The issue of number portability has been around for some while, and the length of time it has taken to make progress has been very frustrating. We have a form of portability at the moment, but if we want to make progress to a more advanced portability system, it raises contentious questions as to who should pay. I am aware some carriers have taken this issue to the Commissioner for determination.

Local loop unbundling is the second significant issue before the Commission this year.

This review is whether local loop unbundling and data network unbundling should be regulated under the Telecommunications Act.

The Government recognised during the development of the Act that regulation of local loop unbundling is a complex issue with major implications for the industry; the report back date is 20 December.

Telecommunications Relay Service

The Government is also continuing with its process for establishing a Telecommunications Relay Service as a TSO to facilitate wider participation by Deaf, Hearing and Speech impaired.

It has taken some time to develop a detailed service description for the relay service, including getting input from the user community and telcos.

I expect that we will shortly be in a position to seek wider public consultation on the service description.

Small Business issues

Improving conditions for business across the economy involves a whole of Government approach, not just in ICT policies.

We are offering better assistance and information to foreign investors; promoting a fair regulatory environment; a more structured and targeted tertiary education system; a more effective programme of industry and regional development; and a more pro-active immigration system to recruit those with hard to find skills.

The Budget this year unveiled plans for a Small Business Advisory Group; we are on the verge of announcing the membership.

It will deal with key issues like assistance measures, compliance costs, access to Government, and wider questions about e-commerce and e-business.

Infrastructure Development

The OECD goal mentioned earlier arose as part of the government's Growth and Innovation Framework - which seeks to add value to the country's traditional strengths

Infrastructure forms a key component of that Framework, or rather the lack of investment in infrastructure that characterised the 1990s and a large part of the 80s.

A key infrastructure initiative for the Government this year is an Infrastructure Stocktake, which will provide an independent assessment of the quality of sectors like telecommunications, energy, water, and transport for the first time.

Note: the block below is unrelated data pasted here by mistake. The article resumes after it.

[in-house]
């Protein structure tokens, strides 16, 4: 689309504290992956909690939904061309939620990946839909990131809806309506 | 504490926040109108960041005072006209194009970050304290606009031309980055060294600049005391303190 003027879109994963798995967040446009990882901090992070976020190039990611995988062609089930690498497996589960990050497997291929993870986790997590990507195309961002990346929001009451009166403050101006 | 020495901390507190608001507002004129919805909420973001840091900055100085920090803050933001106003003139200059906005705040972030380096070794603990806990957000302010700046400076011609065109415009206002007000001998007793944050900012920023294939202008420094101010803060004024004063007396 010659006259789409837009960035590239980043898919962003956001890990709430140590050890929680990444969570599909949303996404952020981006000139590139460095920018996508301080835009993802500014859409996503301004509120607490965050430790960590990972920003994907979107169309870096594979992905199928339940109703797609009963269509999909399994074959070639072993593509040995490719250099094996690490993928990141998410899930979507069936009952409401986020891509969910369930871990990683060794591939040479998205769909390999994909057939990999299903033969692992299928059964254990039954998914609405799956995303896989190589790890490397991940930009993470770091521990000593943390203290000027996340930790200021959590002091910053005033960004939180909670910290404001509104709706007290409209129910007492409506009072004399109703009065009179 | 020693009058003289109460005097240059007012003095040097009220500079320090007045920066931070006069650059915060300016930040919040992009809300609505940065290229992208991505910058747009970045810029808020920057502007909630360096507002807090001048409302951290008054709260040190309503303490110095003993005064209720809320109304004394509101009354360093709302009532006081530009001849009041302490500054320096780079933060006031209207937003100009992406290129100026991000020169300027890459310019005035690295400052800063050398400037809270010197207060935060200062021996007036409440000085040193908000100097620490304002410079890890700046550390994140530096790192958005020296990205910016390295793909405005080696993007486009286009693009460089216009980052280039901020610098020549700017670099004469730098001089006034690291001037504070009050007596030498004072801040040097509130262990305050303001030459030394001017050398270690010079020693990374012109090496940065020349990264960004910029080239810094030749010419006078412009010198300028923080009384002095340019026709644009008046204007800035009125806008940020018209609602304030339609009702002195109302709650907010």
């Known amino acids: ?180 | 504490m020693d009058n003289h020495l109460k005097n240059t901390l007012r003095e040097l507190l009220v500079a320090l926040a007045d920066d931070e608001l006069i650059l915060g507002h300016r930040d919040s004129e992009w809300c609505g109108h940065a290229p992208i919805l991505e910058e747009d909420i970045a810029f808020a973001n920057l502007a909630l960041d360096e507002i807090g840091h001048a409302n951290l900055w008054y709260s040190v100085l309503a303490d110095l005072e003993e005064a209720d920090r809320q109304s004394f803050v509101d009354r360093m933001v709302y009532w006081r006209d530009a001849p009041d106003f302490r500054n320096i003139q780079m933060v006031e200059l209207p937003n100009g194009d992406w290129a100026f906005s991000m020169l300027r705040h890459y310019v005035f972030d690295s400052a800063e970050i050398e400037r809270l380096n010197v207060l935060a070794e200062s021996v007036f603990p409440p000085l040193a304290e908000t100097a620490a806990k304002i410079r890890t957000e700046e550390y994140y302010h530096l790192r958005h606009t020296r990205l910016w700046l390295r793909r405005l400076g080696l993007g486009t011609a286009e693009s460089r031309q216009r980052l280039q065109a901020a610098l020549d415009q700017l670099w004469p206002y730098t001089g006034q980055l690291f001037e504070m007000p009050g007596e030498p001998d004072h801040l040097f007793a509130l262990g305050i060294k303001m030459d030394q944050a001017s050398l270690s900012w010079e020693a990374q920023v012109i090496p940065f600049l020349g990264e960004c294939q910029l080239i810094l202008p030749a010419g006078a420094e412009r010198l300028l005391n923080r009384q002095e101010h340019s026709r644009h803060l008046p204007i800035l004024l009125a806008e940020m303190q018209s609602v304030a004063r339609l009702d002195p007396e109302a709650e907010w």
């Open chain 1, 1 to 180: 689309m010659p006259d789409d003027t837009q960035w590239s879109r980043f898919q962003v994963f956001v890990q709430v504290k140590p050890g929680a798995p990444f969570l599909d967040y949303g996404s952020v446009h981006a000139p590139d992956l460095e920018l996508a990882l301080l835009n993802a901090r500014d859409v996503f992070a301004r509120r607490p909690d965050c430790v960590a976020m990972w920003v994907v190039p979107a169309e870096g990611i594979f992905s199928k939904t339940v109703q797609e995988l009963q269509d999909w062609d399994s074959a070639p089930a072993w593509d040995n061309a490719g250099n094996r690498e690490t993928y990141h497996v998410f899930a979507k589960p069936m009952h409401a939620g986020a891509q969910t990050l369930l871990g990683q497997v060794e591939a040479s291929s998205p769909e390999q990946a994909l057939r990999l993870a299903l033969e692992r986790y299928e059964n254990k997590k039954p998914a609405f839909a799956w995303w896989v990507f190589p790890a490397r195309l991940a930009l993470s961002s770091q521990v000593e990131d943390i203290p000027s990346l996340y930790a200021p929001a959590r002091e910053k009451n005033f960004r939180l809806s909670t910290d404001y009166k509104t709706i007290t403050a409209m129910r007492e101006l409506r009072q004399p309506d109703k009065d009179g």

As the Minister of Transport and Communications I am deeply involved in this work.

However the extent of business use of ICT infrastructure places New Zealand well into the top half of the OECD. But there are more opportunities, many in the public sector.

Activities in the economy that are information rich, like health, education, and indeed agriculture, can benefit from having information used, moved, accessed or processed more efficiently and in new ways.


Much has been achieved.

There is no fundamental problem with supply of ICT to New Zealand businesses. The issue is turning this top performance to our competitive advantage. This will require a more sophisticated policy approach than we have employed so far, an approach that takes account of the unique structure of the New Zealand economy, builds on our traditional areas of strength and leverages the different economics of information.

The Government's response to the ICT Taskforce will look more widely into maximising the benefits of ICT, and will be the beginning of a new and ongoing engagement with the ICT industry.

Closer analysis is needed of the areas of greatest potential for improving productivity through ICT.

The average New Zealand firm has fewer than 5 employees, a small customer base and a limited supplier base. For these firms generic applications such as email, web-browsing (and applications based on this such as online banking) are well suited and are already heavily used.

The future for ICT in New Zealand is bright. The country is well positioned to take advantage of ICTs to improve the economy. Now it is up to all of us to make it happen.